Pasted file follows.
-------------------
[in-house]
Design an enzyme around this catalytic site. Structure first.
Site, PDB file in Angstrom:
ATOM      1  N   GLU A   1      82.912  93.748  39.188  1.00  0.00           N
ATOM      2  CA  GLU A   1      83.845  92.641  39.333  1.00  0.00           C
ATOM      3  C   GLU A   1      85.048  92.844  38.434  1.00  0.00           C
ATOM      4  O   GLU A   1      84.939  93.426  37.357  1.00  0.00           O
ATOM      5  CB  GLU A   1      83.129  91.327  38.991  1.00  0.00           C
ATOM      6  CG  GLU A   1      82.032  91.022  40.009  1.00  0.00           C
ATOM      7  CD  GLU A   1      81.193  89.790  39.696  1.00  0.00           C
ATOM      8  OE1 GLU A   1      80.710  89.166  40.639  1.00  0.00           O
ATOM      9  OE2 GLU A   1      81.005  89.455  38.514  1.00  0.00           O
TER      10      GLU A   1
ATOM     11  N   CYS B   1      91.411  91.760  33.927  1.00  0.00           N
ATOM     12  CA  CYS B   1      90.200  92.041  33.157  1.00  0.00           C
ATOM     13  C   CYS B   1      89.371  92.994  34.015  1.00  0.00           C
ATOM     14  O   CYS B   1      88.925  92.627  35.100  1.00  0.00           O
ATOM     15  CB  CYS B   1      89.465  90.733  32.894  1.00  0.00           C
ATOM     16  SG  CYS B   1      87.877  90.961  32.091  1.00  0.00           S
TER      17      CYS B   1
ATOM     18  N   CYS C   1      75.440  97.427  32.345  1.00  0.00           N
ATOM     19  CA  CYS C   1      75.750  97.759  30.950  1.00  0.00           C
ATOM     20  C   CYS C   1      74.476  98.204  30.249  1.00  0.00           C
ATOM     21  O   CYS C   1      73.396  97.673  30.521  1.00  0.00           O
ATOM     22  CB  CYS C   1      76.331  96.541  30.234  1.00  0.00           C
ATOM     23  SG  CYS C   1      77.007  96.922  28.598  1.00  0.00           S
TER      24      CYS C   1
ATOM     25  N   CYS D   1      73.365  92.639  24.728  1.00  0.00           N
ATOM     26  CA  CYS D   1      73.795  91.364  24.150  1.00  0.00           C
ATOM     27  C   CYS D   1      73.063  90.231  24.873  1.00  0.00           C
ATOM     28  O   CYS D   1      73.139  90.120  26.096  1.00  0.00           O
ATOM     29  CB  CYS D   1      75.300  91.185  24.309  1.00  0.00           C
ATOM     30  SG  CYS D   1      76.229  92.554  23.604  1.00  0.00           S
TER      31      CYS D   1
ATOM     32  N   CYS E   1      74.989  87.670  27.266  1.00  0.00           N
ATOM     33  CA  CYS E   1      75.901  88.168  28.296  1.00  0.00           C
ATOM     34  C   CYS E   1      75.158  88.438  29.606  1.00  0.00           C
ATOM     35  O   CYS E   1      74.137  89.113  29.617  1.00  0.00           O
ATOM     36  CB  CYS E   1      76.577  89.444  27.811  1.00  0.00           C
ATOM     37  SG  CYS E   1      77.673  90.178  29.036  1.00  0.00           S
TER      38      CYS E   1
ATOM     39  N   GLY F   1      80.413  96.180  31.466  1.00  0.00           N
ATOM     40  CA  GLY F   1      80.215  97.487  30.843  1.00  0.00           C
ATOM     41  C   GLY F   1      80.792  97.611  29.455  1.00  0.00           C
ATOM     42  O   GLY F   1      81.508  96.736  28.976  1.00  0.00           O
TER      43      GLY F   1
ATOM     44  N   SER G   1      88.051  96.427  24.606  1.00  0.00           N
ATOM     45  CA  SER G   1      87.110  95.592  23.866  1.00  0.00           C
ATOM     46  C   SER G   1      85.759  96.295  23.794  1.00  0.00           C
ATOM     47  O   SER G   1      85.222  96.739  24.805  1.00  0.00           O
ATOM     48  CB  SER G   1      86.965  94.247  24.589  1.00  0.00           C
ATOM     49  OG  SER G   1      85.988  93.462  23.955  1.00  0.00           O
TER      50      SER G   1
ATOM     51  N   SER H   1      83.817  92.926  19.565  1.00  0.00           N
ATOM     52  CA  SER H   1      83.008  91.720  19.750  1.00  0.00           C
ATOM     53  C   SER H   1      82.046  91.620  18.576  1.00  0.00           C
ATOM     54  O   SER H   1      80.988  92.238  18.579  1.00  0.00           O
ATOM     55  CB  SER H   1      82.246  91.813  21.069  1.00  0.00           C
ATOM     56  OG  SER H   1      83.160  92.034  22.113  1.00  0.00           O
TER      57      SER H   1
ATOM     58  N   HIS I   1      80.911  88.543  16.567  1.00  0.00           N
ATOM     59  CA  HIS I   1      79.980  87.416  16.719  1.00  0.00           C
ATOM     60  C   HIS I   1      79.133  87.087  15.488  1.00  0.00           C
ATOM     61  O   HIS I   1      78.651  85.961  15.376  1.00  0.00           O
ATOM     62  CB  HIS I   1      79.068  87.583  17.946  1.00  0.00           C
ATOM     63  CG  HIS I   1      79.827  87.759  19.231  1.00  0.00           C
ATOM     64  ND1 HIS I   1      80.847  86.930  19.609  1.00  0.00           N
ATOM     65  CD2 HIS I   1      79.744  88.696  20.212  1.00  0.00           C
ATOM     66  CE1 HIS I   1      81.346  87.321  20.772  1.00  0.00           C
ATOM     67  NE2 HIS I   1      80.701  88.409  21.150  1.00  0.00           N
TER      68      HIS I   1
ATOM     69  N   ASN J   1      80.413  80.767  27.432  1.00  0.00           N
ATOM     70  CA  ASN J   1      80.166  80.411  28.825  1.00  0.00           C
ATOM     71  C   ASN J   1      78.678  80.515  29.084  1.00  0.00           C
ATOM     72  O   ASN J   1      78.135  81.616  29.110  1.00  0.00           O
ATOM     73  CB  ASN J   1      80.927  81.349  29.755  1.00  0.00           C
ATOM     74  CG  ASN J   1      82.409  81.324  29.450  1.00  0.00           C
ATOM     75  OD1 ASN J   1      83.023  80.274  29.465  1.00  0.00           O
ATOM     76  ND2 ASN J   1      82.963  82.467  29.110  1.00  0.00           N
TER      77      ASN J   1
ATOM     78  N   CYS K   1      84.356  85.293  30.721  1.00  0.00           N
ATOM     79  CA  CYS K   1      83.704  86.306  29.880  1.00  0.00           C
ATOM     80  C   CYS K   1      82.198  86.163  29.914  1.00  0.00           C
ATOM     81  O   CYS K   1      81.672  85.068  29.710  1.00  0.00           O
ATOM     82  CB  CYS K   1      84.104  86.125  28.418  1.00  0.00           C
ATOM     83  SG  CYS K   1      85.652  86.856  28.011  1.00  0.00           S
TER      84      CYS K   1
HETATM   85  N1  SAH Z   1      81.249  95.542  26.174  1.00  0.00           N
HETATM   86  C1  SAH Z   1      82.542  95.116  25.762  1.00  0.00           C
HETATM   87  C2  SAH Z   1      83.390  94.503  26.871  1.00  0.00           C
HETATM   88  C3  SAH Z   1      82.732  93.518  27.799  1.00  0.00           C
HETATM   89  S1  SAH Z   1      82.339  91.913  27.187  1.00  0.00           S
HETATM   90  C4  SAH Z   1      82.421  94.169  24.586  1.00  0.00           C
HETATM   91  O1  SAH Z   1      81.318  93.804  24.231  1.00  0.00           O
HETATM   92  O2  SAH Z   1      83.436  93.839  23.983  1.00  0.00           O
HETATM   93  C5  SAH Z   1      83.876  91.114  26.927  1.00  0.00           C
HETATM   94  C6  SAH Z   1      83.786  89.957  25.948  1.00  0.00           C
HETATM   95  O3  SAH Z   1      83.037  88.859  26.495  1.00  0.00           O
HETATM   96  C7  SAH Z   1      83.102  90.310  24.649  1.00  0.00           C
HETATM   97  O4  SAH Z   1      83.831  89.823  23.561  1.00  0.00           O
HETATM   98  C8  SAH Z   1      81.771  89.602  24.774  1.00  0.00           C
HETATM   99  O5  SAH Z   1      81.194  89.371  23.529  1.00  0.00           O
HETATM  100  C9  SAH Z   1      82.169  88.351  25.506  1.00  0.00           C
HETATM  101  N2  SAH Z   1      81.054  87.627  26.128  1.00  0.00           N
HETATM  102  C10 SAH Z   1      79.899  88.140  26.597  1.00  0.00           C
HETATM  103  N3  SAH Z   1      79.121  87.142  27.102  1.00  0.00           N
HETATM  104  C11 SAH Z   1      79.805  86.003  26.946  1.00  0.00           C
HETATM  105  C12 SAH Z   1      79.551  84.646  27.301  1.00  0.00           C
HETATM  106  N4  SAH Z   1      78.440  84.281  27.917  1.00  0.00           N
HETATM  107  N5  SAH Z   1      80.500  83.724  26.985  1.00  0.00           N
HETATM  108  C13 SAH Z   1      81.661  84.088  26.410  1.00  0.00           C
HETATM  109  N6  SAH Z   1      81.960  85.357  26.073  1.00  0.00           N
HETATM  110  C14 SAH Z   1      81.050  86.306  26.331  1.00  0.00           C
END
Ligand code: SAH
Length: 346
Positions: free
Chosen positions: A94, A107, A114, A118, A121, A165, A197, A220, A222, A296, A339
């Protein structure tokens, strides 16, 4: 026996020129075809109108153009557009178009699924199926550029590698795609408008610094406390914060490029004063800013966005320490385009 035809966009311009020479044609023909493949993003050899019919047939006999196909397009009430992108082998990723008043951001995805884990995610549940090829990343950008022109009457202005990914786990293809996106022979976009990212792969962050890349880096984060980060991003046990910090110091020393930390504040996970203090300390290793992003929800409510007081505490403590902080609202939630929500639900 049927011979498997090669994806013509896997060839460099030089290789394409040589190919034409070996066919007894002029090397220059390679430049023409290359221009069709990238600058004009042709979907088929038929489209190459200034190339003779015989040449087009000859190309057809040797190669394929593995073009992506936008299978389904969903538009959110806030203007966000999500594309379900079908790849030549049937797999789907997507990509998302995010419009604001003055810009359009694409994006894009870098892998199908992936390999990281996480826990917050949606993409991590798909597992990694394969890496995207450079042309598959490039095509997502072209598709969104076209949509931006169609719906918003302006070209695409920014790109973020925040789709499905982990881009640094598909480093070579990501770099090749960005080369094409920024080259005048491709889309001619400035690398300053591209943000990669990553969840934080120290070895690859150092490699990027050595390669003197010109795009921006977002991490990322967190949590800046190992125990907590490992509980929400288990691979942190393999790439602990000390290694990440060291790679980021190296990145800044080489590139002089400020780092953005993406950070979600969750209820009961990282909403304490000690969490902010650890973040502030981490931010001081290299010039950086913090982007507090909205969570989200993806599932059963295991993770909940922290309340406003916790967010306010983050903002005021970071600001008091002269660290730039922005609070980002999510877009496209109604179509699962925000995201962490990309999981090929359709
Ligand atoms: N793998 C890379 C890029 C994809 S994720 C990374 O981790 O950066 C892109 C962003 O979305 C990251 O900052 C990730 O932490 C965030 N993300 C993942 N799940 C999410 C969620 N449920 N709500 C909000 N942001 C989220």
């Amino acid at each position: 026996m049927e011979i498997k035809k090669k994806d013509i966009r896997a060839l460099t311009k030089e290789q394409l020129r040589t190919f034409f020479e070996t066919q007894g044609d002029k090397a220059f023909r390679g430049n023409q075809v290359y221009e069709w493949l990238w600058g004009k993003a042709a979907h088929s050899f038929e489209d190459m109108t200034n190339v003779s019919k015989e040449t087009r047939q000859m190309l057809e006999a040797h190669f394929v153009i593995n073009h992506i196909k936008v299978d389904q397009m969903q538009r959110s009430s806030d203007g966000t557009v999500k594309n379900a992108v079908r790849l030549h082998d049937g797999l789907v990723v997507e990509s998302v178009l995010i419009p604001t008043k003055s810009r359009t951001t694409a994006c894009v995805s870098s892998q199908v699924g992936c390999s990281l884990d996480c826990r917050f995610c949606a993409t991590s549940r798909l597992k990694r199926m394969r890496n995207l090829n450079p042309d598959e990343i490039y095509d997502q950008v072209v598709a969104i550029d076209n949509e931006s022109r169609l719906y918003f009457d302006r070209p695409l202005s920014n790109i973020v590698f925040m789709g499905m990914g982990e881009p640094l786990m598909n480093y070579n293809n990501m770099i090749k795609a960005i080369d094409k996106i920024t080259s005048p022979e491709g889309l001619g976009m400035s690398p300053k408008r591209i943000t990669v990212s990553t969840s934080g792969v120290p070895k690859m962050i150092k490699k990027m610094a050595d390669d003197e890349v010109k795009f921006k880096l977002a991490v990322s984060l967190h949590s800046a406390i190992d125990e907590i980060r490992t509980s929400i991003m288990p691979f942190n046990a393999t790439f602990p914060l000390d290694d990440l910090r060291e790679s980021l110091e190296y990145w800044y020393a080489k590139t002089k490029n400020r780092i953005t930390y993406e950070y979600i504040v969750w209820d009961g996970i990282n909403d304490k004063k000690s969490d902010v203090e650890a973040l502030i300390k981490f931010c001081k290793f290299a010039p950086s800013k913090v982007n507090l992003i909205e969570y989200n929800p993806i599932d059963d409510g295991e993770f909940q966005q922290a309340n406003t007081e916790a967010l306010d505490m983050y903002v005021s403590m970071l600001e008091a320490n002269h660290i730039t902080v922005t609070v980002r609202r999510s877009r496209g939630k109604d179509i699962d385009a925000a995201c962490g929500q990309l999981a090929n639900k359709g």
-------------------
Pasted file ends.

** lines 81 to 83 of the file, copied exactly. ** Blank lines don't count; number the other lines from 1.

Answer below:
ATOM     78  N   CYS K   1      84.356  85.293  30.721  1.00  0.00           N
ATOM     79  CA  CYS K   1      83.704  86.306  29.880  1.00  0.00           C
ATOM     80  C   CYS K   1      82.198  86.163  29.914  1.00  0.00           C